Many police departments in Chester County are reviewing and clarifying their procedures when taking people into custody following the death of George Floyd in Minneapolis.

Derek Chauvin, the former white police officer who was seen on video using his knee to pin down Floyd, a black man who later died, was arrested on murder charges in connection with the incident on Friday. It came after days of protests leading to looting, rioting, and the burning of a Minneapolis police station.

Police around the nation and law enforcement experts have condemned the way Floyd was restrained by Chauvin, who dug his knee into the man’s neck, saying no circumstances warrant such a dangerous technique. Three other officers who were nearby and could have intervened were also arrested.

Floyd, 46, was arrested Monday after an employee at a grocery store called police to accuse him of trying to pass a counterfeit $20 bill. The cellphone video shows Floyd face-down on the ground with his hands cuffed behind his back, as Chauvin uses the knee restraint on his neck. Floyd was not resisting arrest, police said.

Coatesville Police Chief Jack W. Laufer has instructed his department to review training procedures on positional asphyxia, a condition where a person can't get enough air to breathe due to the positioning of his or her body, and can lead to the sudden death of individuals in police custody. In addition, shift supervisors have been ordered to review and discus the entire incident and the aftermath as it unfolds, with officers at each roll call, he said.

"From what we have witnessed on the countless loops of the video showing the arrest of Mr. Floyd, it is apparent that we as a profession failed to provide the most basic protections afforded to all citizens under our constitution," Laufer said. "This failure should not have been acceptable in Minneapolis, and will not be accepted here in the City of Coatesville. Those who follow our Facebook page know that we pride ourselves on our ability to establish strong ties within our community. We are proud to say that we don't police our community as much as we partner with it."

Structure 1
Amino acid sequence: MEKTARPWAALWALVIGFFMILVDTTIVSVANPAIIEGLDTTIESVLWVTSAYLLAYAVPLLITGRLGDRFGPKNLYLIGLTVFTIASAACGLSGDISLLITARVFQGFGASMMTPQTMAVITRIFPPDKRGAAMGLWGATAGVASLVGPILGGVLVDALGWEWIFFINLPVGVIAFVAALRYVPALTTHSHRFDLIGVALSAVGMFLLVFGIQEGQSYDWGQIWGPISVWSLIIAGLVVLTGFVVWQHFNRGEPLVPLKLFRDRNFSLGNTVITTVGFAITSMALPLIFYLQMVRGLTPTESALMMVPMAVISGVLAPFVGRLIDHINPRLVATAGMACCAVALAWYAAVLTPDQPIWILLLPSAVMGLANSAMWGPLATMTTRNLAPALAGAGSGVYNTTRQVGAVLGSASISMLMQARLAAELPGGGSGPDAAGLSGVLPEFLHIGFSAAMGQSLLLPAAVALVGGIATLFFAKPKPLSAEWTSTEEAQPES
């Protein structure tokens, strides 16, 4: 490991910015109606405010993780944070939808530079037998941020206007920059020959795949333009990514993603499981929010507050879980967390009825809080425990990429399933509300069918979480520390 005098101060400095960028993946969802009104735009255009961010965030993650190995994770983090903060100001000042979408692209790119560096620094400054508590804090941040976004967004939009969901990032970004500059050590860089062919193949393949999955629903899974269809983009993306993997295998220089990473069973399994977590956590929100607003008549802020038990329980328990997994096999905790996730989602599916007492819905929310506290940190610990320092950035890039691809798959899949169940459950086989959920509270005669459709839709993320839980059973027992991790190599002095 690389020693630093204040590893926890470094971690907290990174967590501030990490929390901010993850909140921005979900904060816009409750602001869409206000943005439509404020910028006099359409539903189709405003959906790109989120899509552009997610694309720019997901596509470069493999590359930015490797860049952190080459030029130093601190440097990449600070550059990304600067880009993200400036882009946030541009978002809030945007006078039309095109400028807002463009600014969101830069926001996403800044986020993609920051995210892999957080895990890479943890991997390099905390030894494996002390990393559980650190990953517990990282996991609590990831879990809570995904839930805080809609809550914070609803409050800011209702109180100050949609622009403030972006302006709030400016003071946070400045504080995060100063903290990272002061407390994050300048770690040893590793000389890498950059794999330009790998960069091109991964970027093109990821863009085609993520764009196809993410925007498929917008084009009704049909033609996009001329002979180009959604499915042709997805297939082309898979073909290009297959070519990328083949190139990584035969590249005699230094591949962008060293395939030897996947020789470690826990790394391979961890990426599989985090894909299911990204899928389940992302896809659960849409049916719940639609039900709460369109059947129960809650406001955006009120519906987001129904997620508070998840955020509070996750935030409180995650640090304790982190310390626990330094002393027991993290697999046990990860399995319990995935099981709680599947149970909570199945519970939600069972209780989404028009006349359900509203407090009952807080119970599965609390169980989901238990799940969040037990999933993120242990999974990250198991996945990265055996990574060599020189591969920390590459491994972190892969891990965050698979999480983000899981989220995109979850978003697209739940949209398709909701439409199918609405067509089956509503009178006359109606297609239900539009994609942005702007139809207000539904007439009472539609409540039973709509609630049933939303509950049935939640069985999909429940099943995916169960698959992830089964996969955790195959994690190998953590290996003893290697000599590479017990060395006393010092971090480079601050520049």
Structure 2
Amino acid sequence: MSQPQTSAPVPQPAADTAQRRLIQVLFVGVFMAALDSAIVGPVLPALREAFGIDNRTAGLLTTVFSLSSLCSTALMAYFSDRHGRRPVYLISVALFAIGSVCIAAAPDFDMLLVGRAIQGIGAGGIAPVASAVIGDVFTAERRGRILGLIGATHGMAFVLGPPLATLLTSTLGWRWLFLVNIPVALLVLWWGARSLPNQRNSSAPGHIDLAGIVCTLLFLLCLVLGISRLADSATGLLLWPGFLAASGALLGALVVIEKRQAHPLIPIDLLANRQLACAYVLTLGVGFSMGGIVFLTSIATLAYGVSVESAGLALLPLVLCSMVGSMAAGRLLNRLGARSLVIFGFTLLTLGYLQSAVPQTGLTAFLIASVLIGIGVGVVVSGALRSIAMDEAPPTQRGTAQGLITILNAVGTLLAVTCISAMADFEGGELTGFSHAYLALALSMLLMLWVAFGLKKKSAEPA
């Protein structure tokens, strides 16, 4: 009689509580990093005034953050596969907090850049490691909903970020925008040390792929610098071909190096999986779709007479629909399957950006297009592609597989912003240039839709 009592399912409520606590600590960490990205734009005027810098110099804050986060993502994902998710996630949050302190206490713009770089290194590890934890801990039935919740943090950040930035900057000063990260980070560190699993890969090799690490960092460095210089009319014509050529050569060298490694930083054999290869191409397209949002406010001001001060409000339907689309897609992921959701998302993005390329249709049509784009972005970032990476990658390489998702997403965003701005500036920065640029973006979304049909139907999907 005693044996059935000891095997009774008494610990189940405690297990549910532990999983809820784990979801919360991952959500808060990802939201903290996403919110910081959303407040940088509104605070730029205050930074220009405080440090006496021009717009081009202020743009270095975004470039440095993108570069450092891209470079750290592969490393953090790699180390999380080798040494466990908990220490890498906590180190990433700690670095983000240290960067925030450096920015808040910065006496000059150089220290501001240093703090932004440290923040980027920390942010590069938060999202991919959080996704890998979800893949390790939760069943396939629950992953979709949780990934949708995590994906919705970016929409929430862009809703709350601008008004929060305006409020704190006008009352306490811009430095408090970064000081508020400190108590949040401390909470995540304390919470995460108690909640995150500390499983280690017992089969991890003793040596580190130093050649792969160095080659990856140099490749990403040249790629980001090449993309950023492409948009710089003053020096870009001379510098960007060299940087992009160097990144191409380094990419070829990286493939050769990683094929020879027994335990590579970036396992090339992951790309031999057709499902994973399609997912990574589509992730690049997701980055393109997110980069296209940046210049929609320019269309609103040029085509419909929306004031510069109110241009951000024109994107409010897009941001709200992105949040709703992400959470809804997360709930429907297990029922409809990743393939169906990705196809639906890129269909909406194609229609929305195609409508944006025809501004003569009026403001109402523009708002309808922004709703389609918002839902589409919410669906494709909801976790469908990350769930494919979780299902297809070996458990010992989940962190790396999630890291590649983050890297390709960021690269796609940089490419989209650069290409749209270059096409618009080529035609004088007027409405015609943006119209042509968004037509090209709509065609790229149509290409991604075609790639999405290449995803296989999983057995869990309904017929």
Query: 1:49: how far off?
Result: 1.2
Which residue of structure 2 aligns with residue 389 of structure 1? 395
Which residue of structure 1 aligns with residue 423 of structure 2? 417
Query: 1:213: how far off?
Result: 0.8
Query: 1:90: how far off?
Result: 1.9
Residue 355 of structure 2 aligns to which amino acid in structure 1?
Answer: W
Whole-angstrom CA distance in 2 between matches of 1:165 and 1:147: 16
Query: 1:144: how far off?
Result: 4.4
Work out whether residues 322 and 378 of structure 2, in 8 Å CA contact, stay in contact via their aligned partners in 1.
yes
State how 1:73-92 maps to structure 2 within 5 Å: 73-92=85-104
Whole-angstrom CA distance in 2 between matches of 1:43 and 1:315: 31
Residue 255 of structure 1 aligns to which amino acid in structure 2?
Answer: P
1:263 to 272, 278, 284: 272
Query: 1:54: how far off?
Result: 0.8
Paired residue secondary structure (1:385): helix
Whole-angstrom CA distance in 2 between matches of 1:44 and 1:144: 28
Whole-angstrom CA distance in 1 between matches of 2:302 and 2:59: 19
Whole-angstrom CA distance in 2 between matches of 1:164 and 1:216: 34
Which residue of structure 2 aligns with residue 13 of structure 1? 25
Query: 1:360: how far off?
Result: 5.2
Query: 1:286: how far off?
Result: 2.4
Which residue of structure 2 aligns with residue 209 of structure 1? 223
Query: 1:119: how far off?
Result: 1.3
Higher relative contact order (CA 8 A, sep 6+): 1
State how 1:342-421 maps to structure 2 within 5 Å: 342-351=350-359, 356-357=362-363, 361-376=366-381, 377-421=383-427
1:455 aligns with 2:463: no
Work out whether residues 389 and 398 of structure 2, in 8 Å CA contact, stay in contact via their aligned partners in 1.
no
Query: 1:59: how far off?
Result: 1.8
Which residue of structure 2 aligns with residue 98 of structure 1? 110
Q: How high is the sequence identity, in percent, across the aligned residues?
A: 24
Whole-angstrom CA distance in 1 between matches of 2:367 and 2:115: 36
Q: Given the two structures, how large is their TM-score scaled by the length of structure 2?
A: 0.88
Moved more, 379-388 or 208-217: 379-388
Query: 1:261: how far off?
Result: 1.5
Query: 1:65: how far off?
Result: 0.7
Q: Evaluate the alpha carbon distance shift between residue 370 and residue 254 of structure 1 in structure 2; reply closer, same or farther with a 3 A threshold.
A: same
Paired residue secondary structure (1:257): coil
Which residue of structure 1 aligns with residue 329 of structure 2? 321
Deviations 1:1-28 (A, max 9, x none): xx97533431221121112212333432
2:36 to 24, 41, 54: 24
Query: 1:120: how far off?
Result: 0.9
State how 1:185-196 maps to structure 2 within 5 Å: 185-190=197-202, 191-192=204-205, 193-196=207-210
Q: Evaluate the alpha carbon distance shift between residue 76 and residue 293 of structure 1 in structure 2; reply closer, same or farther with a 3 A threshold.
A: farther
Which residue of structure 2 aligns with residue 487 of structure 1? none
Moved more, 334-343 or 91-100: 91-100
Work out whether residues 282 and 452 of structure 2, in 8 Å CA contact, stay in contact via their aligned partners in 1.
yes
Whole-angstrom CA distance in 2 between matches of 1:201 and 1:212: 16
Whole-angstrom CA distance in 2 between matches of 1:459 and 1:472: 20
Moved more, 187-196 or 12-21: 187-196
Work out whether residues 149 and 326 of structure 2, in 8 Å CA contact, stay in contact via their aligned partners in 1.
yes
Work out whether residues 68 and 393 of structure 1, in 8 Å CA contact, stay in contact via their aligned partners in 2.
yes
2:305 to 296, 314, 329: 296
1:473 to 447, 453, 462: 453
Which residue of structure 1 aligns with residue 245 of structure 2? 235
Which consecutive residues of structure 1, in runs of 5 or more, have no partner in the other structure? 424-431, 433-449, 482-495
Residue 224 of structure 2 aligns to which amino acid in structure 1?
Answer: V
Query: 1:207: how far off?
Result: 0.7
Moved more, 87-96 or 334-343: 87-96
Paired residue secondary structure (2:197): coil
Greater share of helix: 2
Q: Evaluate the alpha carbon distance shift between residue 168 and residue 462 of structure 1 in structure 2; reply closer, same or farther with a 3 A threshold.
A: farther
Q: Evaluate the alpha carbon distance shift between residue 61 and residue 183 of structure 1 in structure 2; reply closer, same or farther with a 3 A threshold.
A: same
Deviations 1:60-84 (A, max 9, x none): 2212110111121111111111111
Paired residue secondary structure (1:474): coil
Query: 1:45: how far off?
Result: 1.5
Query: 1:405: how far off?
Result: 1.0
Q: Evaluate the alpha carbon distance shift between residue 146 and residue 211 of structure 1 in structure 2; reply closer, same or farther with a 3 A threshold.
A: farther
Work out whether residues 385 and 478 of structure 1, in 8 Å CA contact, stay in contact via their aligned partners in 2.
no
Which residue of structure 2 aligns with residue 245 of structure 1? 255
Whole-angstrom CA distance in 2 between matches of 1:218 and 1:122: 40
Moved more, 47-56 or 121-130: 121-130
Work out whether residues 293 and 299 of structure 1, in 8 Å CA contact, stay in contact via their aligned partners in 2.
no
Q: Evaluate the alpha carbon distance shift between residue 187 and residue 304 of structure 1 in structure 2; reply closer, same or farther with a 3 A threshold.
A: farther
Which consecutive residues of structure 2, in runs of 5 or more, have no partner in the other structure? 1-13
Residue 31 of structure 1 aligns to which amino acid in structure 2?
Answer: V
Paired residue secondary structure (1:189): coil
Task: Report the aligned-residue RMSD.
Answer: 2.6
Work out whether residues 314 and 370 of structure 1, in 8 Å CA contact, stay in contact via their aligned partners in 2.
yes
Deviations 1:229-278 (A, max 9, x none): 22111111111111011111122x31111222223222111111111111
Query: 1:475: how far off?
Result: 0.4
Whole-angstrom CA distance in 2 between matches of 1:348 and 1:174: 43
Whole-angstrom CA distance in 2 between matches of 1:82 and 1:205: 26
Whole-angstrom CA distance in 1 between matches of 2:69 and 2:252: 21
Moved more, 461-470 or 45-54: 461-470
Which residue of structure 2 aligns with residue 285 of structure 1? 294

Laufer called Floyd's death "senseless."

"The senseless loss of any life is hard to understand or necessarily comprehend regardless of circumstances; however, it is particularly difficult when it occurs at the hands of those whose communities depend upon to always do what is right, our police officers," Laufer said in a message that was posted to the City of Coatesville's Facebook page.

The vast majority of police officers nationwide are law-abiding and good, Laufer said.

"I firmly believe that it is only the actions of a few officers nationally that tarnish our profession for the thousands of officers who truly believe in doing what is right," he said. "It is these officers who firmly believe in all that is good within the communities we serve, and would rather lay down their lives as others have done before them, rather than swerve from their path of duty."

On Facebook, Laufer was praised for his proactive measure.

"Coatesville Police Dept. always setting the standard for excellence. We thank you for your example," said Penny Perdick.

Said Sal Viscardo: "This is what leadership looks like."

Said Tony DeTitta: "The Minneapolis police department could learn a lot from your department. My prayers go out to George's family. This never should have happened."

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